France and Germany fail to agree on EU stimulus


German Chancellor Angela Merkel and French President Nicolas Sarkozy ruled out joint tax cuts at a meeting yesterday (24 November), underlining Europe’s difficulty in developing a coordinated response to the recession ahead of a recovery plan to be unveiled by the European Commission tomorrow (26 November).

Meeting on Monday (24 November), Merkel and Sarkozy rejected a coordinated cut in value-added tax (VAT) similar to one announced by the UK.

On Monday, UK Chancellor of the Exchequer Alistair Darling announced a VAT reduction of 2.5% (from 17.5% to 15%) as part of a wider stimulus plan which also included higher taxes for the wealthiest section of the population.

However, Merkel and Sarkozy said such measures were unfit for France and Germany. “A general decrease in valued-added tax is perhaps the answer for some countries but for Germany and France, it is not,” Merkel said after the meeting.

But while they agreed on VAT, Sarkozy failed to push the German Chancellor to accept a bigger stimulus plan, coordinated at EU level. Instead, Merkel adopted a wait-and-see approach, saying Germany would review the situation in January. 

She pointed out that the full effects of a €32 billion plan announced earlier this month would have to be assessed before any further measures could be decided upon.

Sarkozy, who has been pushing Germany to do more to kick-start the economy, let his irritation show. Talking about the economic stimulus, he said: “France is working on it, Germany is thinking about it.”

EU recovery plan

The face-off highlighted the difficulties in coordinating economic policies at EU level. On Wednesday (26 November), the European Commission is due to present a “recovery plan”. 

While details of the plan are yet to be unveiled, it is understood that it will include measures to boost investment in clean technologies and greater mobilisation of EU funds in support of Europe’s regions.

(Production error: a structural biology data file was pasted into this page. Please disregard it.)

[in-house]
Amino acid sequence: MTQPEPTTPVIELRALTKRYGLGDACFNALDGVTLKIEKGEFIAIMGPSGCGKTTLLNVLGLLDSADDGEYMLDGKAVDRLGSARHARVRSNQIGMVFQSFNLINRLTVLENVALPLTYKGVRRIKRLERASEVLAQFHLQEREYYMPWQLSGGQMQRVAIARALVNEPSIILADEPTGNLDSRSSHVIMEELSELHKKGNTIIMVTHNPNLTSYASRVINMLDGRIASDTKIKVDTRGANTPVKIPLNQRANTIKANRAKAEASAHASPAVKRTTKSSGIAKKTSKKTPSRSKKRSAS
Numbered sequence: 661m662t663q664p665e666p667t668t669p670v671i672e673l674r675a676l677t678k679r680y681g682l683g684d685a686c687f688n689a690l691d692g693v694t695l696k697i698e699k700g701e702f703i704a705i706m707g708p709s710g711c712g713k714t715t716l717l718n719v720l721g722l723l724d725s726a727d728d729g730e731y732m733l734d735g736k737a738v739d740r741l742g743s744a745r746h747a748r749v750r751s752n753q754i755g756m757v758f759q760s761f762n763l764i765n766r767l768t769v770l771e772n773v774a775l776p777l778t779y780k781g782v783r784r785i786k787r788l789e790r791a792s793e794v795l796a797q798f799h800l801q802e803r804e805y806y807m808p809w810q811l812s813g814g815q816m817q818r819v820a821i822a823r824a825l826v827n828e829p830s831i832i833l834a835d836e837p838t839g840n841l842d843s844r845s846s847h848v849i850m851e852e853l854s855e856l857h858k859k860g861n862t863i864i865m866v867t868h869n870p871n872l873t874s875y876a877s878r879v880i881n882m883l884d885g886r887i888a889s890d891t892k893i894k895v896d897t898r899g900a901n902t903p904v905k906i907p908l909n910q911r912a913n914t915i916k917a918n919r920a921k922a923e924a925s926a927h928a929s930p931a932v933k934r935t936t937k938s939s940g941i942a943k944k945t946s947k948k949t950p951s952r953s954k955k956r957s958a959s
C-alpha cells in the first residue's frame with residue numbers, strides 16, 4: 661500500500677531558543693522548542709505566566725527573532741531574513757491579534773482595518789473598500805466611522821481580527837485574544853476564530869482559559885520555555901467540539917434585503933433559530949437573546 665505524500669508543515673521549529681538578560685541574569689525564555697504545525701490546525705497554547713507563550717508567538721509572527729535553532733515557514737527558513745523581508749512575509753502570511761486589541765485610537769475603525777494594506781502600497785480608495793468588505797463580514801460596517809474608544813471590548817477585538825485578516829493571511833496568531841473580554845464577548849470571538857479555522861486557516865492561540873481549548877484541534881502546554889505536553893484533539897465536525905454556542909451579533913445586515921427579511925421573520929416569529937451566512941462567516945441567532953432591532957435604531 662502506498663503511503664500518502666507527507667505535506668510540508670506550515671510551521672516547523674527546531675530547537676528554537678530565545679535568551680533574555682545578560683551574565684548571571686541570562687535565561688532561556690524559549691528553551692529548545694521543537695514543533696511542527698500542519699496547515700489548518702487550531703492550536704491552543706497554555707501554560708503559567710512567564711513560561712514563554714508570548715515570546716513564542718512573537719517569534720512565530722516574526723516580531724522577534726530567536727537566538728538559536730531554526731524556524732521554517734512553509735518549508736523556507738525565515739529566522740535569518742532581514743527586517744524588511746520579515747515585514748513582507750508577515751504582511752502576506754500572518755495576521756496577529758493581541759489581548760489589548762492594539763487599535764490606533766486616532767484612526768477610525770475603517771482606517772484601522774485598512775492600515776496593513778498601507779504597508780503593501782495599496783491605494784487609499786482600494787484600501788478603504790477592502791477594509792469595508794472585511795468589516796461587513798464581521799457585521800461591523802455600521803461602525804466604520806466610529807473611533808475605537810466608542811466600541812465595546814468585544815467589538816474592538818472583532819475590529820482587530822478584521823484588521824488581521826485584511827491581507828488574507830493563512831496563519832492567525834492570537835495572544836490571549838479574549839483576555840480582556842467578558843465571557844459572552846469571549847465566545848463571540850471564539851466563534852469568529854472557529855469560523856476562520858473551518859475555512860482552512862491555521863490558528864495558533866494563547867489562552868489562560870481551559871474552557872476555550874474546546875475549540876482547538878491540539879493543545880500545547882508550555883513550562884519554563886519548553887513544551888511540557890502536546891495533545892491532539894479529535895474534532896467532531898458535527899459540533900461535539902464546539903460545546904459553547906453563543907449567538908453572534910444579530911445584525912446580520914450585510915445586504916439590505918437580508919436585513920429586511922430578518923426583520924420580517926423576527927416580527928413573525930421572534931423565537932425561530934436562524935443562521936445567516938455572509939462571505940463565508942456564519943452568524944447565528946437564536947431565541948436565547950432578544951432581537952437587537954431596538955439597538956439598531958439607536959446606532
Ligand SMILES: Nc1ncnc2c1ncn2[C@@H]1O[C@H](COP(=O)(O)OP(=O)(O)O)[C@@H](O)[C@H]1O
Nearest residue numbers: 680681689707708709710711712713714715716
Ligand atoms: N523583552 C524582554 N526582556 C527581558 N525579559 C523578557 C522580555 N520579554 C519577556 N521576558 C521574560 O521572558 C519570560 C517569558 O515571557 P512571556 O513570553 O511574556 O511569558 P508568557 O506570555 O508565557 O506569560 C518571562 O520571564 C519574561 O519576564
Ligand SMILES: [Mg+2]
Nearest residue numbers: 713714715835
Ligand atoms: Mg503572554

“This plan will include a proposal for a coordinated fiscal stimulus, based on member states taking measures suited to their own economic situations,” according to a statement published on the Commission’s website.

“It will include measures to speed up Europe’s agenda for tackling climate change through investment in energy efficiency and cleaner technologies while at the same time creating jobs that last.”

Last week, Michael Glos, the German economy minister, said the EU package would involve contributions by each member states of about 1% of their Gross Domestic Product (GDP), for a total of €130 billion.

Speaking in the European Parliament last week, Jean-Pierre Jouyet, the French secretary of state for European affairs, specifically mentioned the car sector as an industry that would benefit from the EU-wide stimulus plan. “Targeted and temporary measures to support European producers might be useful, in part to increase technological and ecological performance,” he said.

A decision on the precise nature and amount of the package will be taken by EU heads of states and government during a summit in Brussels on 11-12 December.

BusinessEurope, the European employers' organisation, said in a statement: "We welcome the principle of an EU recovery plan mobilising EU financial resources in support of infrastructure projects, research, innovation and adaptability and enhancing the coordination of national economic policies. The Competitiveness Council must support these measures by accelerating the work on R&D and innovation to strengthen the competitiveness of our economies."

Writing on Eurointelligence, an economic blog, Wolfgang Münchau asks whether Germany is "boycotting a European response" to the recession. "The Franco-German summit went badly, but what do you expect? Angela Merkel seems to relish her role as what the French call 'Madame Non', a reference to Mrs Thatcher in the 1980s."

Meeting in Brussels on 7 November, EU heads of state and government agreed on the necessity to "look beyond the financial crisis" and take measures to address the worsening economic situation (EURACTIV 7/11/08).

The European Commission was mandated to submit proposals in that direction ahead of the next EU summit on 11-12 December.

Last Friday (14 November), the countries of the 15-member euro zone officially entered a recession, recording a 0.2% decline in Gross Domestic Product (GDP) for two quarters in a row (EURACTIV 14/11/08).

  • 26 Nov. 2008: European Commission to present economic stimulus package, including loans for the car sector. 
  • 11-12 Dec. 2008: EU summit to decide on scope and details of the package.

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